- Poster presentation
- Open Access
Expression of TAAs in glioblastoma and expansion of anti-TAA -reactive T cells
© Dodoo et al.; licensee BioMed Central Ltd. 2014
- Published: 6 November 2014
- Fresh Blood
- Central Memory
- Intracellular Cytokine
- Protein Expression Pattern
- Intracellular Cytokine Staining
Active cellular therapy (ACT) using ex-vivo expanded T cells from patients with cancer, obtained by apheresis, can represent a viable source for anti-cancer directed cellular therapy. TAAs expressed in glioblastoma may represent attractive targets for i) CARS, ii) transgenic T cells targeting nominal tumor antigens (e.g. NY-ESO-1) or iii) T cells enriched for TAA after ex vivo expansion.
Fresh blood samples were obtained from 50 patients with tumors of the central nervous system and tested for anti-TAA reactivity. T cells were expanded without cytokines, with IL-2 and IL-7, or with IL-2, IL-15 and IL-21 and tested for CD4/8 expansion by flow cytometry and for IFN-gamma production by ELISA. PBMCs were expanded using IL-2/15/21 and peptides (15mers) covering TAAs (surviving or NY-ESO-1). The T cell phenotype (CD3, CD4, CD8, CD45RA and CCR7) was determined by flow cytometry and TAA-reactive T cells were identified by intracellular cytokine staining (IL-2, TNF, IFN and IL-17). TAA-specific IgG in serum was detected by a quantitative ELISA in patients with glioblastoma and in age- and sex-matched healthy donors. FGFRvIII was determined by RT-PCR and protein expression of survivin and NY-ESO-1 was evaluated by immunohistochemistry and graded using a scale from 1+ to 4+ along with pattern analysis of TAA expression.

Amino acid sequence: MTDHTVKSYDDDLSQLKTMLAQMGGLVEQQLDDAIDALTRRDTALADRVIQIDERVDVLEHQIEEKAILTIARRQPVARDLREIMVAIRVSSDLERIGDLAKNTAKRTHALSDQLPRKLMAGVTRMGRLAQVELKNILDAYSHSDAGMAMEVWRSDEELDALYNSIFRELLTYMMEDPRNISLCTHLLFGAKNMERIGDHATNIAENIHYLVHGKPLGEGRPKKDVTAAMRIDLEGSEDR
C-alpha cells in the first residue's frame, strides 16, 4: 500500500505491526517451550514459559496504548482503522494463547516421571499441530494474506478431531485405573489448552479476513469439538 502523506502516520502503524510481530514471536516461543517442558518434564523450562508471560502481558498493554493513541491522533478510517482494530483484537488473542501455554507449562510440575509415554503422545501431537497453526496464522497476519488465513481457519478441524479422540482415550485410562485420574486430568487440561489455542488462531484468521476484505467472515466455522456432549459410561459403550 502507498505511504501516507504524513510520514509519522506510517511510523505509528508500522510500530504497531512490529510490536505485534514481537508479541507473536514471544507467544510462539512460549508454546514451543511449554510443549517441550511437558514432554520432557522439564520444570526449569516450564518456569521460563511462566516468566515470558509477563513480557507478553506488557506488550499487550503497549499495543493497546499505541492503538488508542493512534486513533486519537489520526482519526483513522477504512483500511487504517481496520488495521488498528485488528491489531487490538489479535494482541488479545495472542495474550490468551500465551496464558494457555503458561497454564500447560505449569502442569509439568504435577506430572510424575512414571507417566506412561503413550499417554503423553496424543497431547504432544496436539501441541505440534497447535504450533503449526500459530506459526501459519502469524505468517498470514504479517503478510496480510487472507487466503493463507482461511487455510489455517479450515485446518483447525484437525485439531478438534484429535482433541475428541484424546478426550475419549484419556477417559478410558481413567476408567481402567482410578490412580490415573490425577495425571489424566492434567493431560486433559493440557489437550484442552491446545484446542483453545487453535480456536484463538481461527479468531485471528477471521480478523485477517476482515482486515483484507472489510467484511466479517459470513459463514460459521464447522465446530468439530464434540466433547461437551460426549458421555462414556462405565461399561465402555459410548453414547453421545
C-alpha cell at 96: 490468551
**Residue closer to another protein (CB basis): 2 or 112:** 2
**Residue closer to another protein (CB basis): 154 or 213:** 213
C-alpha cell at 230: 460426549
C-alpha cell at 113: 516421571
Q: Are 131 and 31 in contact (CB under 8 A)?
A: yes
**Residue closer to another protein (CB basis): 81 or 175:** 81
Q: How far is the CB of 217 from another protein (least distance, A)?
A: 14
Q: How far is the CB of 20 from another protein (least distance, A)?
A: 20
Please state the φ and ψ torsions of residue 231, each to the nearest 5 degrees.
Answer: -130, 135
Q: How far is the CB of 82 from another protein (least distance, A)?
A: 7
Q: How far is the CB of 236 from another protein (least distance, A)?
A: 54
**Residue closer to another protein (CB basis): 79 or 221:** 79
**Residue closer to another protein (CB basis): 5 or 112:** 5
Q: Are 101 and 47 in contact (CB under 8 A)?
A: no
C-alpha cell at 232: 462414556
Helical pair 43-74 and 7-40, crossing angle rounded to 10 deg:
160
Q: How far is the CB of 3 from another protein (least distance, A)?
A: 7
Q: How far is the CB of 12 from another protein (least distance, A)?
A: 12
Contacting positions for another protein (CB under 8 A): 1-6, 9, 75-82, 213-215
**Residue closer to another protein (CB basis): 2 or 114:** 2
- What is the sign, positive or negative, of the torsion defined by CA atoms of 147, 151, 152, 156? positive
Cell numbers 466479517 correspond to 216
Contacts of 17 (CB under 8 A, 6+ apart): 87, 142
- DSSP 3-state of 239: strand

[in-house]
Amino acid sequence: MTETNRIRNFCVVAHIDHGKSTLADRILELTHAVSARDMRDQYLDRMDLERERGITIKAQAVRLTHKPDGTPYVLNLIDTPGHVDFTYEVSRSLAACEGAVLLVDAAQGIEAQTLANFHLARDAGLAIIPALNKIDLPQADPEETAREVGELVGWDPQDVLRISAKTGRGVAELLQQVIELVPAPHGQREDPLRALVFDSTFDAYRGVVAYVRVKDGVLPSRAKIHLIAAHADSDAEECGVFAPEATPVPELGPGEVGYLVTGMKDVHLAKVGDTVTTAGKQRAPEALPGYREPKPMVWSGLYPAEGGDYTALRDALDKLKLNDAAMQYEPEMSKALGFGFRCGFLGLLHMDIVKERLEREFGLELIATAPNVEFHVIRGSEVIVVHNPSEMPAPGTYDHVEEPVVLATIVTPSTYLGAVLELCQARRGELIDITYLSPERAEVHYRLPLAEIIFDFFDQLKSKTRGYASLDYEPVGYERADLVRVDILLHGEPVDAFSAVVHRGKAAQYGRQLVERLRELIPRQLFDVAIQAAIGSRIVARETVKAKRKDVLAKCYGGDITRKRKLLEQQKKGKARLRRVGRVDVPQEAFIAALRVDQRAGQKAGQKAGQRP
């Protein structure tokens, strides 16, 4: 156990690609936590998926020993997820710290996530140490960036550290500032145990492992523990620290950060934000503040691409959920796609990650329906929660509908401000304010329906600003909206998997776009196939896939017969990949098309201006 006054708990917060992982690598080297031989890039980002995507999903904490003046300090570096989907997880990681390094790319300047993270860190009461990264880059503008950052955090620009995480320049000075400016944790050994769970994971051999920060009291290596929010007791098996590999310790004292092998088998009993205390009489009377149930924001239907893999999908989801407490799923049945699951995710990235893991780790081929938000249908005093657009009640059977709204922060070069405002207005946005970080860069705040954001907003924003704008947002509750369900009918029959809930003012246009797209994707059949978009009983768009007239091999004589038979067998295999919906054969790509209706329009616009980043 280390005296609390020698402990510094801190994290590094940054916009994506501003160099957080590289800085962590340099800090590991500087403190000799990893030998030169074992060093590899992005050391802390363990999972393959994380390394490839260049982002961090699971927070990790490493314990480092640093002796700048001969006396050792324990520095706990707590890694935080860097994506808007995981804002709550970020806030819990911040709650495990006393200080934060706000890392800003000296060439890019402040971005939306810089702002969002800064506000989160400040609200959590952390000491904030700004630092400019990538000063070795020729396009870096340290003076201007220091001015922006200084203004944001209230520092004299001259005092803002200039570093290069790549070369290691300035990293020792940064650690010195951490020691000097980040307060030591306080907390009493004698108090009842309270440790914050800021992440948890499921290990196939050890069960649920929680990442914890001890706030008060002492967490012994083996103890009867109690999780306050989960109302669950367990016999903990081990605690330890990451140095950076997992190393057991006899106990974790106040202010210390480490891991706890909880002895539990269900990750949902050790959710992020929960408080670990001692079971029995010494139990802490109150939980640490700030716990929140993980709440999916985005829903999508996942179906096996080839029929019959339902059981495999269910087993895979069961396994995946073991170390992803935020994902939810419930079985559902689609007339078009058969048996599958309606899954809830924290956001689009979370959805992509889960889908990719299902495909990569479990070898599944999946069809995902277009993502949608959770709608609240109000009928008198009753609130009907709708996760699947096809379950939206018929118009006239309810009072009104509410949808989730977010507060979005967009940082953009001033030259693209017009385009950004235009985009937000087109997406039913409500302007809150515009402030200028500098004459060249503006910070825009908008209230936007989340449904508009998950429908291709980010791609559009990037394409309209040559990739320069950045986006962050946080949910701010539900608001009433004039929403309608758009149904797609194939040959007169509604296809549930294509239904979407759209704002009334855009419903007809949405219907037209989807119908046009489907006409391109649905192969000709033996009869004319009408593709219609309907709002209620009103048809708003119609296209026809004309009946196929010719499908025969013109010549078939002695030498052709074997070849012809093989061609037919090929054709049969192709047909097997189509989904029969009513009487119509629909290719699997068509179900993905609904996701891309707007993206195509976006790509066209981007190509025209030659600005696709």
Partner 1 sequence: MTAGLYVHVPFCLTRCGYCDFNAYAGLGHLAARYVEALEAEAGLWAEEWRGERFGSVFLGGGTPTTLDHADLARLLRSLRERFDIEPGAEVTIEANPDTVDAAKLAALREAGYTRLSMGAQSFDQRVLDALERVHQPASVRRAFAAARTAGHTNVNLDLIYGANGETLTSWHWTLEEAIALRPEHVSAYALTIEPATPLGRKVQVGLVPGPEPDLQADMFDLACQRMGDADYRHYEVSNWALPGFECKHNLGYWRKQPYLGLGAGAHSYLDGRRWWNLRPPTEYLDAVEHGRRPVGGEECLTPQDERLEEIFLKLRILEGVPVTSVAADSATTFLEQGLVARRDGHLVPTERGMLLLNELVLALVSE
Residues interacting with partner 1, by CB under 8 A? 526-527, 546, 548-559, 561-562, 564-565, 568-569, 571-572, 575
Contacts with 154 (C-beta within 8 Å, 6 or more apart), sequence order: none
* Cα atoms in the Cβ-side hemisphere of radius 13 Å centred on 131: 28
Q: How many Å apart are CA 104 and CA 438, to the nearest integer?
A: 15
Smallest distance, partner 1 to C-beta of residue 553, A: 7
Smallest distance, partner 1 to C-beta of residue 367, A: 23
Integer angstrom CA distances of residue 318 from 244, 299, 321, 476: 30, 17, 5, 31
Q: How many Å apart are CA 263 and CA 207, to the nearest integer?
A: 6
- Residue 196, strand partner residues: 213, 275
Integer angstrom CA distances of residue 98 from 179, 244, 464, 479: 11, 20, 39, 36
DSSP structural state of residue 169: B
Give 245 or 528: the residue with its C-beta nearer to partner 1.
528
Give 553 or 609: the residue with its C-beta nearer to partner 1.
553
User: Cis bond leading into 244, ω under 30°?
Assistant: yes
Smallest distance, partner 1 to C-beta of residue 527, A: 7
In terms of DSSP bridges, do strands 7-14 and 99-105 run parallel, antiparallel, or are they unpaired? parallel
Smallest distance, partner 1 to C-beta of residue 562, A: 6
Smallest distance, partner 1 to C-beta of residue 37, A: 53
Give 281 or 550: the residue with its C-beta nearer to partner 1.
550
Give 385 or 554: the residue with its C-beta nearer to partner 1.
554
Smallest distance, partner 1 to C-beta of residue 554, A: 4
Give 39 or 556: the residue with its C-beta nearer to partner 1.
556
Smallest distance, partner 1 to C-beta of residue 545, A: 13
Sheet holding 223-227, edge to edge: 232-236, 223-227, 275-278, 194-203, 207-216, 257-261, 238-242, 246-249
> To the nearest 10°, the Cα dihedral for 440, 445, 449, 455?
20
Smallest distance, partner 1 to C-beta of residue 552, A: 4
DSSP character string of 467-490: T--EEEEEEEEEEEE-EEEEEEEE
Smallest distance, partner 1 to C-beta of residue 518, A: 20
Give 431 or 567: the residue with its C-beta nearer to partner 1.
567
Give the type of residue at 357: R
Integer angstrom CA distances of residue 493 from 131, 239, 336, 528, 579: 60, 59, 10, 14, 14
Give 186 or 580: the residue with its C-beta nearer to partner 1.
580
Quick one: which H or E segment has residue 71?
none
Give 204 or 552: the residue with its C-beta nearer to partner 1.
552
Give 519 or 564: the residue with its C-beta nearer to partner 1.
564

We could detect IFN-gamma responses in 25% blood samples for NY-ESO-1 and 30% for survivin and antigen-specific CD8 / CD4+ T cell proliferation. Cellular responses could be augmented by adding cytokines, i.e. IL-2 and IL-7 favored CD4+ T cell proliferation, IL-2, IL-15 and IL-21 favored CD8+ T cell proliferation. TAAs-reactive T cells could be successfully expanded ex vivo and exhibited TAA-specific production of IFNgamma and TNFalpha and a CD8+CD45RA-CCR7+ phenotype. 38/50 specimens expressed NY-ESO-1, yet only 3/50 showed a strong, universal (4+) NY-ESO-1 protein expression pattern, 12/50 cancer lesions exhibited a strong (4+) staining for survivin defined by immunohistochemistry. 25 % of glioblastoma tested positive for the FGFRvIII.
A TAA-specific WBA (whole blood assay) can be used to gauge the potential for expansion of TAA-reactive T cells in peripheral blood from patients with glioblastoma. TAA-reactive T cells can be successfully expanded from patients with glioblastoma in IL-2, IL-15 and IL-21, they exhibit a central memory phenotype and produce a Th1 cytokine cytokine pattern. NY-ESO-1 expression in glioblastoma represents a viable target for anti-NY-ESO-1 directed T cells.
Written informed consent was obtained from the patient for publication of this abstract and any accompanying images. A copy of the written consent is available for review by the Editor of this journal.
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